Track planning using prototype track charts?

Discussion in 'Track Planning' started by iis612, Oct 21, 2008.

  1. iis612

    iis612 Member

    Has anyone here done this before?
    I am going to, after I figure out what falls in the name of compression.

  2. Squidbait

    Squidbait Recovering ALCO-holic


    I'm not sure what you mean... are you talking about actual track configurations, or engineering department drawings of various track structures?

    I've used fire insurance maps to get the lay of the land for several track plans I've drawn, and some historical topo maps, as well as railway car control diagrams.
  3. 60103

    60103 Pooh Bah

    Matt: I have the privilege of operation on this layout:
    The major station is a model of Windermere in the Lake District. I suspect it's been shortened a bit* and the engine shed area is much larger than the original and moved. We do have all the track formation of the original and operate (currently) the summer 1953 timetable.
    Windermere takes up a full room in the basement while the other room has a big roundy-roundy with a set of double-track junctions (based on Lostock). There are 3 "reverse" loops stacked under Windermere.
    * we can run round 8 car trains; I expect the prototype could take 12 cars.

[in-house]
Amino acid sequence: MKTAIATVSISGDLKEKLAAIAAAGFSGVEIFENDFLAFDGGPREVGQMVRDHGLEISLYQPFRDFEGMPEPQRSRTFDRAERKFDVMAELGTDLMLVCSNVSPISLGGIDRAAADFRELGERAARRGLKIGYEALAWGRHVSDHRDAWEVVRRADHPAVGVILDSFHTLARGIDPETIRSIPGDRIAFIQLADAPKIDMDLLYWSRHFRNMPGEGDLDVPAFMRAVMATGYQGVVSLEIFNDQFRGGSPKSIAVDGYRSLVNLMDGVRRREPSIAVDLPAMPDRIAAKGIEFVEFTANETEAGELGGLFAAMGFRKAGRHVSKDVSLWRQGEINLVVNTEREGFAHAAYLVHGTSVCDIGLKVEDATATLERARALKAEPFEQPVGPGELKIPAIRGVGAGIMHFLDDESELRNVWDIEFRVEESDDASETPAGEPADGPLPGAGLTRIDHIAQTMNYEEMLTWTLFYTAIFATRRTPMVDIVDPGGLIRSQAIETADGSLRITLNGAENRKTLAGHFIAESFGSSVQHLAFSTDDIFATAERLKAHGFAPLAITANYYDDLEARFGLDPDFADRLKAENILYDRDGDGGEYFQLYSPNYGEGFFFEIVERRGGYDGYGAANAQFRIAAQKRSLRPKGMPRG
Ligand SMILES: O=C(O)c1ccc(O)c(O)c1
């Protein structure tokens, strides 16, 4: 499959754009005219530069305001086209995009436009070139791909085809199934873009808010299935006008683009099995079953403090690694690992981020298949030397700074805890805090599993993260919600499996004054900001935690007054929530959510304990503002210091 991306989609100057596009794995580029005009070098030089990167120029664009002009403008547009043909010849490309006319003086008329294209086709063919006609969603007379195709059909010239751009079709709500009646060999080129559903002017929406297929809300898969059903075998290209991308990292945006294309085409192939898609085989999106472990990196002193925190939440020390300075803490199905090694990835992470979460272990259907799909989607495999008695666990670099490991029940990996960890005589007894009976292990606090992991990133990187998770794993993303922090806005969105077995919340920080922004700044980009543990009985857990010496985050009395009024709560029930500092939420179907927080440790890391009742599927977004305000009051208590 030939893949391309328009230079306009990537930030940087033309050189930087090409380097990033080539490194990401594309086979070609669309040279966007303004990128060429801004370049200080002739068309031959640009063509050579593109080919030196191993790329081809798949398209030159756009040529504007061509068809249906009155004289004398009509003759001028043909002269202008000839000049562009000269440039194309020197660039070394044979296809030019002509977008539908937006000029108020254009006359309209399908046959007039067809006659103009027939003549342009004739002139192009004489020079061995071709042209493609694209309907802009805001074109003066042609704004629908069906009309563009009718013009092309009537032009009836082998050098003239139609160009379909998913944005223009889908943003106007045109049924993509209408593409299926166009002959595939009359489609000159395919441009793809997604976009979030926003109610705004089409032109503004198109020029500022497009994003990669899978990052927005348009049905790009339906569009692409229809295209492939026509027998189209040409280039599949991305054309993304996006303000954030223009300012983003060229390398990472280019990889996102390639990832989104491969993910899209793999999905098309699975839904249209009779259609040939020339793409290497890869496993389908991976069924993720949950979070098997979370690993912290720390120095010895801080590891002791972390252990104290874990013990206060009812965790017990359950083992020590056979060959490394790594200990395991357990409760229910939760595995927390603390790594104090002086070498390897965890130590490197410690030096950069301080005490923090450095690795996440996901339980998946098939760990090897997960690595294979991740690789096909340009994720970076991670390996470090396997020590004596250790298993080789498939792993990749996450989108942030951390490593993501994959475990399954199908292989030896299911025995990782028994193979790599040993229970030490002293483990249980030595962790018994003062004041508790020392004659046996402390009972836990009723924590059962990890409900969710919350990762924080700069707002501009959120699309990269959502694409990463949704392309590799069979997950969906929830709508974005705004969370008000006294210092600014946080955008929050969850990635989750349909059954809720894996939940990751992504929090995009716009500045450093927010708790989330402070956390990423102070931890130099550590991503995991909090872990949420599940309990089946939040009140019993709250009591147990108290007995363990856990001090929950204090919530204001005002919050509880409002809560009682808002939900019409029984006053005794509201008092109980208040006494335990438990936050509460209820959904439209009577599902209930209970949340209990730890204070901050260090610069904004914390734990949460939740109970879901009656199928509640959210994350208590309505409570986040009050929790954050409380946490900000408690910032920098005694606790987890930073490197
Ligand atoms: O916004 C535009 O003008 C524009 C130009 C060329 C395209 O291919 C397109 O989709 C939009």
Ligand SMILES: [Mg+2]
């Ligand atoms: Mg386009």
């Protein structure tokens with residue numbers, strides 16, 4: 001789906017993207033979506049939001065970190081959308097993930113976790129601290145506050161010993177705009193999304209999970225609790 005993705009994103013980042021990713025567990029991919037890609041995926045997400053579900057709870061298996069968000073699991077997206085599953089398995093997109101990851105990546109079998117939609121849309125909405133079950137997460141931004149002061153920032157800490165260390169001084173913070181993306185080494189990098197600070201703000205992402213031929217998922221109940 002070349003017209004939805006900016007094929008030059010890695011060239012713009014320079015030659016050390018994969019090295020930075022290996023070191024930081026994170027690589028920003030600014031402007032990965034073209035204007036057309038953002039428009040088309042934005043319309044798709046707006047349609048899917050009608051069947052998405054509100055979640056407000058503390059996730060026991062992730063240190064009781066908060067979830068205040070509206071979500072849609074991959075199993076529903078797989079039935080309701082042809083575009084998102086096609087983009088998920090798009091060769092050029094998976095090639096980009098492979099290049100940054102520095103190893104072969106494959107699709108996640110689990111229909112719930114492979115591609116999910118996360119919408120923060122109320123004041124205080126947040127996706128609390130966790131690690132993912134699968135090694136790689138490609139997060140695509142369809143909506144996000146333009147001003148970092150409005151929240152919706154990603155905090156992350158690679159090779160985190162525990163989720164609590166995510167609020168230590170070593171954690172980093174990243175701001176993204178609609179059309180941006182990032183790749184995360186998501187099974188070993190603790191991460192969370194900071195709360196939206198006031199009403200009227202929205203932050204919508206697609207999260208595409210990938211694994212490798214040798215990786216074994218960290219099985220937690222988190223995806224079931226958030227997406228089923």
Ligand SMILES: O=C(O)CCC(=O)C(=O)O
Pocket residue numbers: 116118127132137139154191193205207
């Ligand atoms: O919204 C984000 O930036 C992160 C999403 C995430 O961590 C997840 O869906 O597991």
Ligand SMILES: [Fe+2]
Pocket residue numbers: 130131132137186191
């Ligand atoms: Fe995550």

4. iis612

    iis612 Member

    They are the engeneering charts that show everything relating to the track, grade, roadbed, curvature, switch types, signal location and type, etc. I would scan a sample page, but it is too big for my scanner.

  5. MasonJar

    MasonJar It's not rocket surgery

    I have a CNR maintenance of way book from the 1930s that lists these kinds of things. They also show how to stack spare ties and store lengths of rail, among other details.

    I would say I use these as a guide, but I do not (cannot?) stick to them because of the space required to do it true to scale... Not many people have room for a #20 turnout...!

  6. iis612

    iis612 Member

    It is to be devoutly wished that we all could have the space for a #20 turnout.
    These charts are the coolest thing since silly putty. They even show the ballast type, and the date of the last ballast cleaning/addition. Granted, mine is a 1984 chart, but it is the same line, rail, bridges (except for a highway overpass), and signals from the rebuild of the line in 1920. Which is perfect for my 1940's layout.
  7. 60103

    60103 Pooh Bah

    A correction to my post. Mike tells me that his model of Windermere is as close to scale size as he could make it. He may have compromised to use Peco turnouts, but the length is prototype, in a 22' room.
    The model of the rest of England, in the other room, is not to scale.
  8. Dave1905

    Dave1905 Member

    I try to do this as much as possible. the key is to identify what is critical and then to get the "pieces" in the right relative position. You will have to make lots of compromises on the number of tracks and their length, but if you get most of the stuff in the right order you can make something that operates fairly close to the real thing and that people familiar with the area will recognize or will at least compare favourably with photos.

    Dave H.
  9. Ronson2k3

    Ronson2k3 Member

    It's been awhile since this threads last posting but...